“Levelling up won’t be possible unless we address health inequalities. Food insecurity and obesity prevalence, both worryingly high even before the pandemic, have risen sharply in the last two years.  The White Paper notes the role of healthy diets and access to nutritious food, but then fails to acknowledge the importance of the Government’s current obesity strategy in terms of healthy food reformulation, fiscal interventions and regulations to stem the tide of junk food marketing and promotions. The Government must not waver from these courses of action.”

Rather, using the cost of living crisis as an excuse, and to pander to a tiny handful of noisy backbenchers in order to save his job, the Prime Minister has appeared to wobble on commitments to restrict junk food promotions, according to leaked reports of recent meetings with Conservative MPs. A flagship policy in the obesity strategy that he himself launched, that enjoys widespread political and public support, and was approved by Parliament as recently as December 2021. 

What makes this even worse is that it would do nothing to alleviate the plight of those who are most struggling as all the evidence suggests the targeted promotions like Buy One Get One Free encourage people to spend more money, and on unhealthier food at that. Let’s not forget that healthy foods and store cupboard staples, like fruit, veg, baked beans, rice and pasta will not be touched by the new regulations.  Instead the planned restrictions would encourage companies to shift their promotions to healthier products which would be a win win for everyone.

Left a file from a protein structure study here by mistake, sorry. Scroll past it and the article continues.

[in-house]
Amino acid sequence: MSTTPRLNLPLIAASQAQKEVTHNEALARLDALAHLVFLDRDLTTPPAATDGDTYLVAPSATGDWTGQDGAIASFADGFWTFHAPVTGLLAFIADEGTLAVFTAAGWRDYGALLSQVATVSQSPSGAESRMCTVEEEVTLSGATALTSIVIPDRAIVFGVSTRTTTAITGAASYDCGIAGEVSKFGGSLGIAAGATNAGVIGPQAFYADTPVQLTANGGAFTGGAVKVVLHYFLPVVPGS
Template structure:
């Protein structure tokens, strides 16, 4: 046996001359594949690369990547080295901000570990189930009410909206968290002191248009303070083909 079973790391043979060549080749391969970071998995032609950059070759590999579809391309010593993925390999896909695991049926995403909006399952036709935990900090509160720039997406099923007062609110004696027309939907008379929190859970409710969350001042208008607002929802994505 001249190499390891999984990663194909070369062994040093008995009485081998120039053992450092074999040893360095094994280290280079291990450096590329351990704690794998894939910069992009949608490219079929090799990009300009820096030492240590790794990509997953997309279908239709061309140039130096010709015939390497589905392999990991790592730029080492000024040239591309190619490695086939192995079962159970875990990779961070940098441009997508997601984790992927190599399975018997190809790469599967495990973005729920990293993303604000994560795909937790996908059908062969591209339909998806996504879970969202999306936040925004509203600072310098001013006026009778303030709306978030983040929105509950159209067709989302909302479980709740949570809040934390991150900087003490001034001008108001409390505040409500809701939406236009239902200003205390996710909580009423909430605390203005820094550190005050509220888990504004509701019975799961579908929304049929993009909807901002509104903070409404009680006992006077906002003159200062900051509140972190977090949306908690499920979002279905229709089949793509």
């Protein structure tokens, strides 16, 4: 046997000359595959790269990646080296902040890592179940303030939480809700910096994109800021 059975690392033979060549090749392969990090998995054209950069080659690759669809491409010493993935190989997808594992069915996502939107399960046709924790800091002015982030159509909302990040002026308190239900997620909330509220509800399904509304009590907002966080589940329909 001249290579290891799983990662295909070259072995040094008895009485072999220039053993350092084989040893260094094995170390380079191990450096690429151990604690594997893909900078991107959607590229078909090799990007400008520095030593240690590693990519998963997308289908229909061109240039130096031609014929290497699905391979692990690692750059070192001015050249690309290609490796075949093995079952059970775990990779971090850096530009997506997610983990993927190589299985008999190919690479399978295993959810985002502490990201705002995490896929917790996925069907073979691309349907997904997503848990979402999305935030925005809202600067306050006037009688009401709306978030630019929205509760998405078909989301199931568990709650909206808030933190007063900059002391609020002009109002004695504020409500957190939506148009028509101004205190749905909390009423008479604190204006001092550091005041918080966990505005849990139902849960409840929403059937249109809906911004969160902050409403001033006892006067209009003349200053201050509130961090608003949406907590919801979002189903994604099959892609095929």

Fundamentally, every public poll shows that people want healthy food to be cheaper than unhealthy food. Only those companies with bulging vested interests in junk food marketing have anything to fear, and the government must continue to resist their persistent pressure to influence public health matters. When it comes to the obesity strategy, to paraphrase the Prime Minister himself, we’d like the Government and Parliament to just get the job done.

Published Thursday 3 February 2022

Children's Food Campaign: Better food and food teaching for children in schools, and protection of children from junk food marketing are the aims of Sustain's high-profile Children's Food Campaign. We also want clear food labelling that can be understood by everyone, including children.

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Since joining Sustain in 2004, Ben has led or managed multiple campaigns and networks and more recently coordinated the organisation’s strategic development. This included working with Jamie Oliver’s team to get the government to adopt a sugary drinks tax, and setting up the award winning Children’s Health Fund which piloted the levy with restaurants. Ben helped to set up the Sustainable Food Places, Sugar Smart and Food Power networks, and has co-authored many reports, including the Case for Local Food with the RSPB.

Ben Reynolds
Deputy Chief Executive